Compared to the venerable .30-30, the .360 Buckhammer sends a heavier, larger diameter bullet at higher velocity. Remington’s specifications give a 2,399 fps muzzle velocity with a 7.8” drop at 200 yards. This is a much faster speed and lower drop compared to the .30-30, .350 Legend, and .450 Bushmaster, along with greater energy.
Who-Tee-Who on the Buckhammer!
Our friend Adam Wies, aka Mr. Who-Tee-Who, has done several videos on the .360 Buckhammer.
Henry Steel Lever Action Specs and First Thoughts
I really appreciate a traditional hunting rifle, and this Henry certainly is one. Lever action rifles are about as American as it gets. This one has the traditional side-gate for loading, while also retaining the ability to load and unload via the magazine tube.
Walnut and blued steel look great on a traditional hunting rifle. This rifle’s walnut was tasteful and nicely finished. The checkering is well defined — it looks good and offers good grip.
There’s a firm but comfortable rubber butt pad to reduce felt recoil. The action and barrel are blued. The lever works easily and the trigger is crisp. All in all, it’s a pleasing gun to look at and handle.
The rifle was delivered with Henry’s standard semi-buckhorn adjustable rear sight with diamond insert and a brass bead front sight. These sights are certainly useful for modest range big game hunting. The action is drilled and tapped for the familiar Weaver 63B scope base. Mounting a scope or a red-dot type optic is simple. Although I appreciate the look of a traditional lever action without a scope mounted, I do prefer to hunt with a good scope on my rifles. It also came sling-ready with two swivel studs.
A nice feature of the Henry lever actions is the transfer bar safety. This makes it impossible for the rifle to fire unless the trigger is pulled. (It’s noteworthy that Henry does not use a cross-bolt safety as found on some lever action rifles.)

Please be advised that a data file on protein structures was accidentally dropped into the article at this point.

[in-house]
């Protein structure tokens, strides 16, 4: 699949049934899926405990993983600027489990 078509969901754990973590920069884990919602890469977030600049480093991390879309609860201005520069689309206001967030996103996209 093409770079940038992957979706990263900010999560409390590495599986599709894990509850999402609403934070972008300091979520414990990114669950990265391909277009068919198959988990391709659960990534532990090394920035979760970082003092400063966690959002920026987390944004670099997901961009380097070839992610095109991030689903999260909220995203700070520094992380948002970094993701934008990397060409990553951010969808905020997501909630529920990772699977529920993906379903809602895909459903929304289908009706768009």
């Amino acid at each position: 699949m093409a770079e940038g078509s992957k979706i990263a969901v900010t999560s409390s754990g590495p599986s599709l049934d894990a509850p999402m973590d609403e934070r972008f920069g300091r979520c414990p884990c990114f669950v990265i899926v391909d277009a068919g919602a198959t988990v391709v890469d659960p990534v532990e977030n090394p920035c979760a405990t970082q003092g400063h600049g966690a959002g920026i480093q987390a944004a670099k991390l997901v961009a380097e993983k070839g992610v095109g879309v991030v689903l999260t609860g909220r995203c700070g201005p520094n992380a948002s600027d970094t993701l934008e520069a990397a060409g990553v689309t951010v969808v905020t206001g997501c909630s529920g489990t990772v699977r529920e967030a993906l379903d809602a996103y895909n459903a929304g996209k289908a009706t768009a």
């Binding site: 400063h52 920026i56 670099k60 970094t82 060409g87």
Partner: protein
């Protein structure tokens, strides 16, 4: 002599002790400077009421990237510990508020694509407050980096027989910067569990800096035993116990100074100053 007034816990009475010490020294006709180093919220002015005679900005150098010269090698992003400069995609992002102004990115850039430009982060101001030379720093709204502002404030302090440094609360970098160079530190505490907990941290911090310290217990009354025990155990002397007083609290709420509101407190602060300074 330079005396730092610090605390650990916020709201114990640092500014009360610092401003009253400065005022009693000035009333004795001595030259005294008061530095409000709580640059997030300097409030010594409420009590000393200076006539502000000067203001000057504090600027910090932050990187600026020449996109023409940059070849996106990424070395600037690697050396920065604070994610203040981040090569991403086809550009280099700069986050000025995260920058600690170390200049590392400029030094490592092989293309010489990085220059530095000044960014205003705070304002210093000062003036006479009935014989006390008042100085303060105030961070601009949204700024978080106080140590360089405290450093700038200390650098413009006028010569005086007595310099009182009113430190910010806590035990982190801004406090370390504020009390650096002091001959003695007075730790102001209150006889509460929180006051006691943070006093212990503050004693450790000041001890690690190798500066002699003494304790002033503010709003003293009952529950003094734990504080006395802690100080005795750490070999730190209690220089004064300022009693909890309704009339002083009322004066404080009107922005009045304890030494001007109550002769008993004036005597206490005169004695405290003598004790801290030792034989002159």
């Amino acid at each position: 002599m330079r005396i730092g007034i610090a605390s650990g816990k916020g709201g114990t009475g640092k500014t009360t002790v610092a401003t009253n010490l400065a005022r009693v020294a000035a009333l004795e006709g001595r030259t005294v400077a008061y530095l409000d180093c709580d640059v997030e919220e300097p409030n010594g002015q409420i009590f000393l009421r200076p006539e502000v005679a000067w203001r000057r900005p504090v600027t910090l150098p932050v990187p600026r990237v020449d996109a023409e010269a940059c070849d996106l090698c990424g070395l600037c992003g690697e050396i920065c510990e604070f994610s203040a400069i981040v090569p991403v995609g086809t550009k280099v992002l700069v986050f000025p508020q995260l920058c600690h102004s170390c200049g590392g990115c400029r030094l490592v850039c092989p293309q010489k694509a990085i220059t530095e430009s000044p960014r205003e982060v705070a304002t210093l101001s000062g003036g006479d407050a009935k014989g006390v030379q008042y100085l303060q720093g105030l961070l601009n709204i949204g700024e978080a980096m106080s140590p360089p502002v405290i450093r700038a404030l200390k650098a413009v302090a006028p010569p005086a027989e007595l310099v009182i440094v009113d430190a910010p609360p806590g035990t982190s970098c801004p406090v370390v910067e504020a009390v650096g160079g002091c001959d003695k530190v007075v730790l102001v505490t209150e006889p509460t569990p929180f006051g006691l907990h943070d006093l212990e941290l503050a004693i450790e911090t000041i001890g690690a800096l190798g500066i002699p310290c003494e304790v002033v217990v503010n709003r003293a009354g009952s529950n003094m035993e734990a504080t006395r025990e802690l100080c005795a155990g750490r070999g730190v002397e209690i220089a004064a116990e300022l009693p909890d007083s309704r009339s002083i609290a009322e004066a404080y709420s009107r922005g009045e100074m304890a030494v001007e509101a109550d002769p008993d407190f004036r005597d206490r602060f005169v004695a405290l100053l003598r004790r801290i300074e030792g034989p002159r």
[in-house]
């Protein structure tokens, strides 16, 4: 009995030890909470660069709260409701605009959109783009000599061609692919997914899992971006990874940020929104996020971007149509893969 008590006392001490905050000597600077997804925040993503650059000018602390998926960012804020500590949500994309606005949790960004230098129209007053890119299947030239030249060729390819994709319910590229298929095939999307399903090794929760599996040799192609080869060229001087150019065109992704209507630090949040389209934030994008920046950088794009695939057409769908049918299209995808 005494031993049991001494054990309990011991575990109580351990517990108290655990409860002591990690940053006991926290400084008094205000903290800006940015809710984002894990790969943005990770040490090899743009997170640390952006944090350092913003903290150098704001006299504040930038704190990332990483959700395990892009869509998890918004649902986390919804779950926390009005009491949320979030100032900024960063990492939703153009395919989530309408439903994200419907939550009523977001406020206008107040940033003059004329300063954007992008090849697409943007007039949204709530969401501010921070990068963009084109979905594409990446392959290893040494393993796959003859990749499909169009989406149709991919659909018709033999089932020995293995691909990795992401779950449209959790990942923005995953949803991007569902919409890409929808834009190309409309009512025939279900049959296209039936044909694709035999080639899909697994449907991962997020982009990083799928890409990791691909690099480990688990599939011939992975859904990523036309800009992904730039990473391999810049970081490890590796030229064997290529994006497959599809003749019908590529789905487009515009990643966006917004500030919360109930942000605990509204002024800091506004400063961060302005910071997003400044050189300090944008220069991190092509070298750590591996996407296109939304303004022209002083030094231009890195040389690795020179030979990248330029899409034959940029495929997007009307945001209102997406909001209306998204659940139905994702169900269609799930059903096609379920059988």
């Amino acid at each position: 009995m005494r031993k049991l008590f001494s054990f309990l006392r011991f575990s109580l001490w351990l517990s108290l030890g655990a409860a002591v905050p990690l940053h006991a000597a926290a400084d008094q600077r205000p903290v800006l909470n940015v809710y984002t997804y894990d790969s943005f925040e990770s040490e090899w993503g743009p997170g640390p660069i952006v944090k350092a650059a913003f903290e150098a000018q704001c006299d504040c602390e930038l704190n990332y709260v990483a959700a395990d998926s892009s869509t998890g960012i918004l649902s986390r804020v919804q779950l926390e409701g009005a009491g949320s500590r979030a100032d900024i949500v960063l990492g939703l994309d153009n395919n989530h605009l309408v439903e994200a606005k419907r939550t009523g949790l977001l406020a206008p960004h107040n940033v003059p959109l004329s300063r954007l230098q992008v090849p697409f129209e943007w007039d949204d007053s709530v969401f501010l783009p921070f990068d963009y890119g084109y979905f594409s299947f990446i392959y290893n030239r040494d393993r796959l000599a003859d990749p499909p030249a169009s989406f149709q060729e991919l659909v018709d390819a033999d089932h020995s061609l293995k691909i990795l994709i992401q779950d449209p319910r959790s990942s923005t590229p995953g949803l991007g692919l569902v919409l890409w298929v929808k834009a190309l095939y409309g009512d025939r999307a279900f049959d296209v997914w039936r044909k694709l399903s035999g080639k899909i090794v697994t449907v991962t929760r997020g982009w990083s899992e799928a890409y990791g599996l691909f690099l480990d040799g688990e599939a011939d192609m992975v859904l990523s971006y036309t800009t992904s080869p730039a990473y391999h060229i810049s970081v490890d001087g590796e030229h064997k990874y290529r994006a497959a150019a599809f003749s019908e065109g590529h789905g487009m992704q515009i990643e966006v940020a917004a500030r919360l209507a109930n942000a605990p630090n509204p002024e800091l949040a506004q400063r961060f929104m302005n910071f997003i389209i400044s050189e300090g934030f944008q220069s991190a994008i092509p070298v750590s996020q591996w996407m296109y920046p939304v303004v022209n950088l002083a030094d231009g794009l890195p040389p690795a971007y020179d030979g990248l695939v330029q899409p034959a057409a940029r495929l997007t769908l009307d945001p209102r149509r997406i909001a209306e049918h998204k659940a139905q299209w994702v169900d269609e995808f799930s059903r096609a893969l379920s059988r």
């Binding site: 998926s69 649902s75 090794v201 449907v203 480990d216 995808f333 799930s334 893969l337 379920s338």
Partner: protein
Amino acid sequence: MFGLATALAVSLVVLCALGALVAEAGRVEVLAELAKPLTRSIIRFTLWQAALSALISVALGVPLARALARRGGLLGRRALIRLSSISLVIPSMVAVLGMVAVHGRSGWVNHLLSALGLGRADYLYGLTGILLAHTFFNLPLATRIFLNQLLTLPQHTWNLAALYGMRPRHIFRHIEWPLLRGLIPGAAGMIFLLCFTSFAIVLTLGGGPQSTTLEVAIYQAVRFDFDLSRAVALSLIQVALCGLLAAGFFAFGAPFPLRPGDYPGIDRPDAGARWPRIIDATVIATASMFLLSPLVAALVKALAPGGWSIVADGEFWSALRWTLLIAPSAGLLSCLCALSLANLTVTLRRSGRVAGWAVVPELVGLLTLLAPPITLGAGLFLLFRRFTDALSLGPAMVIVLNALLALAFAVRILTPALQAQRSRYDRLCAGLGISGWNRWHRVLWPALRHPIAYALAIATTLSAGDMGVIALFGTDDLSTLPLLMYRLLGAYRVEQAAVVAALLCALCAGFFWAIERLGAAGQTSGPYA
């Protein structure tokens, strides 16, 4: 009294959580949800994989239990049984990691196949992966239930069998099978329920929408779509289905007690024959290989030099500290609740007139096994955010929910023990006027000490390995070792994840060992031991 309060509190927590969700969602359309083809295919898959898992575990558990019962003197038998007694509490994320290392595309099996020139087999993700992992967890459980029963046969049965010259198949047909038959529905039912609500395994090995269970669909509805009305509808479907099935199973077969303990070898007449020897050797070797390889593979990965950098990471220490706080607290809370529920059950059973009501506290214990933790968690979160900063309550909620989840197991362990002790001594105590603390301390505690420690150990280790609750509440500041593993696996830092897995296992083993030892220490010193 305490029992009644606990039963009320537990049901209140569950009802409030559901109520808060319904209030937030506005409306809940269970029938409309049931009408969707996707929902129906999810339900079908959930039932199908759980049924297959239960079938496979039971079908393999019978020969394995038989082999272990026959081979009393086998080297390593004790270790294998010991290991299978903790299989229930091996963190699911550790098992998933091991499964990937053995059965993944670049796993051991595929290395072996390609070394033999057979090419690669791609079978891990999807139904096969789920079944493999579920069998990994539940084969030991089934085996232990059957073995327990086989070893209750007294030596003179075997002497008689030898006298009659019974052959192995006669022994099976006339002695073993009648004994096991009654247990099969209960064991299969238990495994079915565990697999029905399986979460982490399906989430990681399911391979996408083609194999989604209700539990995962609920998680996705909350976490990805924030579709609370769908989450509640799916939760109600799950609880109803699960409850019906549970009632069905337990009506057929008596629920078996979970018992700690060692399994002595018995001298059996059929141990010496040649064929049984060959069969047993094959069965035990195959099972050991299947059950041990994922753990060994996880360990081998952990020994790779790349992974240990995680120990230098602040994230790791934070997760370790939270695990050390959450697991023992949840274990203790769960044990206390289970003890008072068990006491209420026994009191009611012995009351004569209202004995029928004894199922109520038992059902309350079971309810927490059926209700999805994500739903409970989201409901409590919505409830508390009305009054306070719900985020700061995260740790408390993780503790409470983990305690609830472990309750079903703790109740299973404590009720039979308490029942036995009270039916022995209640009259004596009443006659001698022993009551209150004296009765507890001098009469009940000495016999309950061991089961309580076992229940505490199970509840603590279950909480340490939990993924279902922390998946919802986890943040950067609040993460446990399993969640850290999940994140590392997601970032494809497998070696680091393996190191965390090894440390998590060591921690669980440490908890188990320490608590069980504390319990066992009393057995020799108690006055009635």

The TriggerScan revealed a crisp pull of 4.03 lbs.
That’s quite workable on a lever action deer and bear rifle intended for use at modest ranges out to a couple of hundred yards. Travel to actuate was 0.029” with 0.018” of overtravel.
We haven’t done any serious accuracy testing with it, just slammed some steel with the factory sights and factory ammo.
I suspect that we’ll pop a scope onto it and work up some handloads as well. Our chronograph indicated some very good results, particularly with the 180 grain Remington ammunition. We didn’t expect a single-digit SD figure!
The 180 grain ammo was also close to the advertised velocity, only about 40 fps short of that. Shooting the Henry, Gavin and I did notice that it recoiled more than a .30-30, but not as much as a warm-loaded .45-70 lever action.
Henry’s traditional walnut and blued rifle looks great and handles well. It reminds me of all the good old lever action hunting rifles of the past but with modern manufacturing and a welcome rubber recoil pad. A low-power optic is
Remington’s new .360 Buckhammer cartridge was designed specifically to comply with state laws that require a straight wall cartridge for hunting. Ballistically, it slightly improves on the old .35 Remington and offers a nice choice for those who want to use a .35 caliber rifle for their hunting. I’d happily hunt deer and bear with it!